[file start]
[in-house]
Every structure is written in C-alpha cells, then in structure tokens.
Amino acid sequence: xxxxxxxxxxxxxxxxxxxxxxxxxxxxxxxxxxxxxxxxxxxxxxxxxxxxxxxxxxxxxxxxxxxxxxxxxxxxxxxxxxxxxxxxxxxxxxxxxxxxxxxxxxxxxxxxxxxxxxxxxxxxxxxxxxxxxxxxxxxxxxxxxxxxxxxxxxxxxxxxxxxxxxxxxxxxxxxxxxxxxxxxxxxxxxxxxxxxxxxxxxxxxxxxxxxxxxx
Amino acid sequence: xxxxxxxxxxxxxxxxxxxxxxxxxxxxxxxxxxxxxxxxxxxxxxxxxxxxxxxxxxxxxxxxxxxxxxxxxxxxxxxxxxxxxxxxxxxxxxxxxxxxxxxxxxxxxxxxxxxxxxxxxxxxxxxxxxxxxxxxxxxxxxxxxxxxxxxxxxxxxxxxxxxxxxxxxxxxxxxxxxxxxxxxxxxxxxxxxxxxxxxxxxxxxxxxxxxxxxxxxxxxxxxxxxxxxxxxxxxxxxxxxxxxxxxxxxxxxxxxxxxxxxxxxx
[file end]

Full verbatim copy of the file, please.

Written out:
[in-house]
Every structure is written in C-alpha cells, then in structure tokens.
Amino acid sequence: xxxxxxxxxxxxxxxxxxxxxxxxxxxxxxxxxxxxxxxxxxxxxxxxxxxxxxxxxxxxxxxxxxxxxxxxxxxxxxxxxxxxxxxxxxxxxxxxxxxxxxxxxxxxxxxxxxxxxxxxxxxxxxxxxxxxxxxxxxxxxxxxxxxxxxxxxxxxxxxxxxxxxxxxxxxxxxxxxxxxxxxxxxxxxxxxxxxxxxxxxxxxxxxxxxxxxxx
Amino acid sequence: xxxxxxxxxxxxxxxxxxxxxxxxxxxxxxxxxxxxxxxxxxxxxxxxxxxxxxxxxxxxxxxxxxxxxxxxxxxxxxxxxxxxxxxxxxxxxxxxxxxxxxxxxxxxxxxxxxxxxxxxxxxxxxxxxxxxxxxxxxxxxxxxxxxxxxxxxxxxxxxxxxxxxxxxxxxxxxxxxxxxxxxxxxxxxxxxxxxxxxxxxxxxxxxxxxxxxxxxxxxxxxxxxxxxxxxxxxxxxxxxxxxxxxxxxxxxxxxxxxxxxxxxxx